Yep. Trash cans definitely needed a little TLC. We stuffed the overflow back in as best we could and grimaced at our hands as we made up to the first faucet, halfway up the main aisle. A few people were wandering around, most with cameras. I was in standard uniform, with my namebadge on, usually shorts and a solid colored shirt this time of year. The heat built up rapidly in the cemetery, and the light reflecting off of the tombs was like an easy-bake oven. And, yes. Over the years we had tried many wacky experiments and I assure you it gets hot enough in the cemetery to cook eggs on short notice. I grabbed a hose and moved it from one side of the aisle to the other, making it a point to keep the magnolia trees watered just about year round on rotation. We continued our walk through, checking on the condition of the cemetery and picking up stray pieces of trash as we went along.

"Excuse me, do you work here?" I turned. An older couple was walking up. "I'm researcher here, yes," I replied, "Can I help you with anything?"

"We just were wondering if you could tell us anything about the cemetery."

I looked at Tommy. "You wanna finish the walk through? I just need to get the sprinkler on at the office." He nodded and threw me a sloppy salute, which cracked me up. Sarge was by far one of the best volunteers the cemetery had ever had, some 15, 16 years now. I turned back to the couple, motioned them towards the center of the cemetery. "Where ya'll from?"


"PA? Whereabouts in PA?"


"Nice country. Hows the weather?"

"Not as warm as here. Maybe some rain today. Not much. We fly out tonight."

I nodded. "You liked New Orleans?"

His wife perked up "We love it! Everyone is so friendly! You don't usually find that in a city,"

"Don't always find it here, either!" I mumbled under my breath. Aloud, I said, "Mam, we enjoy being helpful to visitors. You all make it worthwhile." She dimpled and I went on. "Hold on a sec." We had reached the cemetery crossroad, at the Jefferson No. 22 Fire Company. I looked down the aisle and saw a group of people coming up the avenue. I waved and called out:

"Hey! Guys! I'm going to show these people around the cemetery! If you'd like to hear about it you need to join us now!" I turned back to the couple.

"Just as easy to show ten as it is to show two." They both nodded and we watched as the people pulled up, waving down and telling the rest of their people to hurry up. I spotted a lady wearing heals halfway down trying to rush and yelled down in my cemetery voice to take their time. High heels? Christ...bust a leg for sure!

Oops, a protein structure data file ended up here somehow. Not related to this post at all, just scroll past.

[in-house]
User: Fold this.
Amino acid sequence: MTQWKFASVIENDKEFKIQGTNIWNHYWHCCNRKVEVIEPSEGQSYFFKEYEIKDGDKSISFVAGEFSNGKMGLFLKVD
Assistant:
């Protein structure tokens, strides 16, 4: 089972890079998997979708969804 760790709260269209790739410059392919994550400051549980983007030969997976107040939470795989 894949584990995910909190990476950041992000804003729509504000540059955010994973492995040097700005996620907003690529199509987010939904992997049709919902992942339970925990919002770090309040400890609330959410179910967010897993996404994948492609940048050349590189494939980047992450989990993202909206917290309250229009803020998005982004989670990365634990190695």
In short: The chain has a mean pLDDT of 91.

People gathered up while we made small talk. "Where are you from? Oh, you remember such and such? No!?! Really?" All of this 'till we had a solid group and I went down the line, officially asking everyone where they were from.

It is great being able to host people from many places. I have traveled a lot over the years, usually fleeing a jealous husband or two, but at least I eliminated the middleman at this point. People are great. The cemetery is one of the most important in history as far as I am concerned, and the work has been one of the most fulfilling projects I have ever been involved with. It has seen quite a bit more than I have, or anyone I know. A Grand Ole' Lady.

"Ya'll ready?"

Everyone nodded assent, looking back and forth at one another. We had a quorum, so I began.

I started by introducing them to myself and the cemetery, welcoming them from all over the world. It usually comes as a surprise to many of them that we don't do things they way they do things, for the reasons they think we do things. Huh? What I mean is that we don't have above-ground tombs because of water. Shocked looks. But this lady told me...You mean that woman from Minnesota with the stupid smile and the sing-song voice? Sorry, she will say anything that comes to her greedy little mind. What about floods? Well, New Orleans hasn't flooded since Hurricane Betsy, but, yes, there were a lot of problems with that...popping up and floating down the goes on - with my outlining the origins of the cemetery as being of Latin influence and that tombs are above ground 'cos...on and on, coolly answering their questions thoughtfully...

But it gets even better. We are walking down the aisle and I am telling them about how we handle our burials. Kids, I have seen things that even I don't like to talk about...probably kill you...